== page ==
Helicobacter pylori are bacteria that are most commonly found in the stomach and/or small intestine of humans. It is Gram-negative spiral shaped bacteria and it is estimated that it colonizes in nearly fifty percent of all humans (7). H. pylorus was discovered in the 1980's by researcher Robin Warren and Barry Marshall. For their discovery they both received the prestigious Nobel Prize (7). H. Pylori were not discovered until the 1980's because for many years scientists believed that the stomach was a sterile organ due to its extremely high acid concentration. However Helicobacter pylori have been able to evolve other thousands of years to be able to survive in the harsh environment (4). According to the National Cancer Institute Helicobacter pylori bacteria is able to secrete urease, which is a special enzyme that converts urea to ammonia; ammonia reduces the acidity in the stomach making it an environment where H. pylori can survive. Helicobacter pylori are unique in that their ability to survive in the stomach. Because of their ability to survive in the stomach lining, the white blood cells that recognize them are not able to attack. White blood cells respond to the site of infection but are unable to cross from the blood vessels to the stomach lining. White blood cells die at the infection site and release nutrients the ironically feed the H. pylori bacteria (4).
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When H. pylori were discovered in the 1980's, it was found in the tissue samples from people who were suffering with ulcers in the stomach and the upper small intestine. Barry Marshall and Robin Warren suspected that H. pylori were the actual cause of the ulcers and tried to prove this. Frustrated with the lack of good quality animal models, Barry Marshall infected himself with the Helicobacter pylori bacteria (4). Marshall developed ulcers in his stomach and provided cultures from his own ulcers. Warren and Marshall were able to prove that the H. pylori microbe was in fact the cause of stomach ulcers (4).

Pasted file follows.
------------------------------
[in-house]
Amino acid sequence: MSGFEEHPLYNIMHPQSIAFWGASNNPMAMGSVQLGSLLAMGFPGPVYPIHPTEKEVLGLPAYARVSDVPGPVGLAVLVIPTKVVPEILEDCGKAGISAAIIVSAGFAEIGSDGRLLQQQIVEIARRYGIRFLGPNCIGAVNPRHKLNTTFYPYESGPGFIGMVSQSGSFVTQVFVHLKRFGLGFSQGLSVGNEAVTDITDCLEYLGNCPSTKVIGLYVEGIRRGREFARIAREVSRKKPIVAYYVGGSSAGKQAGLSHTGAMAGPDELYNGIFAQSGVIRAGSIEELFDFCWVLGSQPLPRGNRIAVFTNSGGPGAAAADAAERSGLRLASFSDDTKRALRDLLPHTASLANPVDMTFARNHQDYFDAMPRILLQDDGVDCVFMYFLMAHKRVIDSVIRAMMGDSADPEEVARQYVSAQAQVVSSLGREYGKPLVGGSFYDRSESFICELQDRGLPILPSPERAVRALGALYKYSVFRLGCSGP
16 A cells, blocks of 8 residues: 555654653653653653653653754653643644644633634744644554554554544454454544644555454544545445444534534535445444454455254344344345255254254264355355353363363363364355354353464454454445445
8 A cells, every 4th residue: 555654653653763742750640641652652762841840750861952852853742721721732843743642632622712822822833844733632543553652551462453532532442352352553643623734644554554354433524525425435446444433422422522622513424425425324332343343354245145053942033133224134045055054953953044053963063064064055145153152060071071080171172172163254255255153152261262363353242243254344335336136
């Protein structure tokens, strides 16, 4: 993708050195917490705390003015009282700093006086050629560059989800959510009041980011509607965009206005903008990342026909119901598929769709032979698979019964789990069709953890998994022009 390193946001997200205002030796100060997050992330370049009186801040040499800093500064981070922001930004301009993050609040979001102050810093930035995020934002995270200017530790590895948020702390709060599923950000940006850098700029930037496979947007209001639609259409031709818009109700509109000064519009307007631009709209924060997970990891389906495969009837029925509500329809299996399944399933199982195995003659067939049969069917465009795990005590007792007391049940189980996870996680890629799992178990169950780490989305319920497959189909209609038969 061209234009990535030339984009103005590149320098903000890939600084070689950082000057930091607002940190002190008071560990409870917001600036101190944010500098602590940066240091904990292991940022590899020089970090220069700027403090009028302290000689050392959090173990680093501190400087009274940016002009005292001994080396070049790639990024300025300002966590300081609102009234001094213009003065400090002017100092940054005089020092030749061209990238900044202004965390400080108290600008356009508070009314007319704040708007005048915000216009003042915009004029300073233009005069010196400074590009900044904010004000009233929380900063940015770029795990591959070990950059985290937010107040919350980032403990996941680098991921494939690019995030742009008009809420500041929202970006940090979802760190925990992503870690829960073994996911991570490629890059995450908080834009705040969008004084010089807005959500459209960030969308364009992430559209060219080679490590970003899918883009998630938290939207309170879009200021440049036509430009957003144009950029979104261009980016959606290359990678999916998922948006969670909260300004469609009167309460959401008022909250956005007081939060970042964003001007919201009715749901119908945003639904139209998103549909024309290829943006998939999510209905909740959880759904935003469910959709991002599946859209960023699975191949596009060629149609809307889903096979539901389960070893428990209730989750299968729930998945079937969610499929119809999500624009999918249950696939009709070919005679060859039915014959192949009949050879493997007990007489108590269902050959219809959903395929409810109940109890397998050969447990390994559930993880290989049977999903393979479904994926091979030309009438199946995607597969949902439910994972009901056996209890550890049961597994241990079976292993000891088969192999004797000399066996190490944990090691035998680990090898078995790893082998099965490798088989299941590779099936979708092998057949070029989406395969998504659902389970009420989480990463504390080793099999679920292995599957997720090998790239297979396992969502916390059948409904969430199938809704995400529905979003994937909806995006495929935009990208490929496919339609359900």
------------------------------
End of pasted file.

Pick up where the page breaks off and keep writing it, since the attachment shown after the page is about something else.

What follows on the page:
According to the Centers for Disease Control and Prevention, approximately more than two-thirds of the humans carry H. pylori bacteria, most prevalently in developing nations. Usually infection happens during the human's childhood by contaminated food or water. It lives in the human's stomach and about twenty percent of the people infected will develop ulcers later on in life (4). It has been found that there is a correlation between people who suffer from stomach ulcers and people who later on develop stomach cancer (3). Much research has been and is still been conducted in the link between H. pylori and gastric cancer. Many scientists believe that H. pylori are a risk factor to developing gastric cancer.
In a study that was published in 2006 in the Alimentary Pharmacology & Therapeutics Journal several scientists conducted a study to find out if there was a link between H. pylori and gastric cancer. The scientists gathered information on areas where there was a high prevalence of people infected with H. pylori bacteria. In conducting the gathering of data, the scientists had two separate groups; a group of people who had gastric cancer and the other group of people who did not have gastric cancer. They gather blood samples and studied the results. They concluded that eighty-four percent of gastric cancer patients showed that there we positive for H. pylori antibody in comparison with non gastric cancer patients, who showed that only sixty-six percent of the people had the H. pylori antibody (2). They concluded that there was a very strong link between H. pylori and a risk for stomach cancer.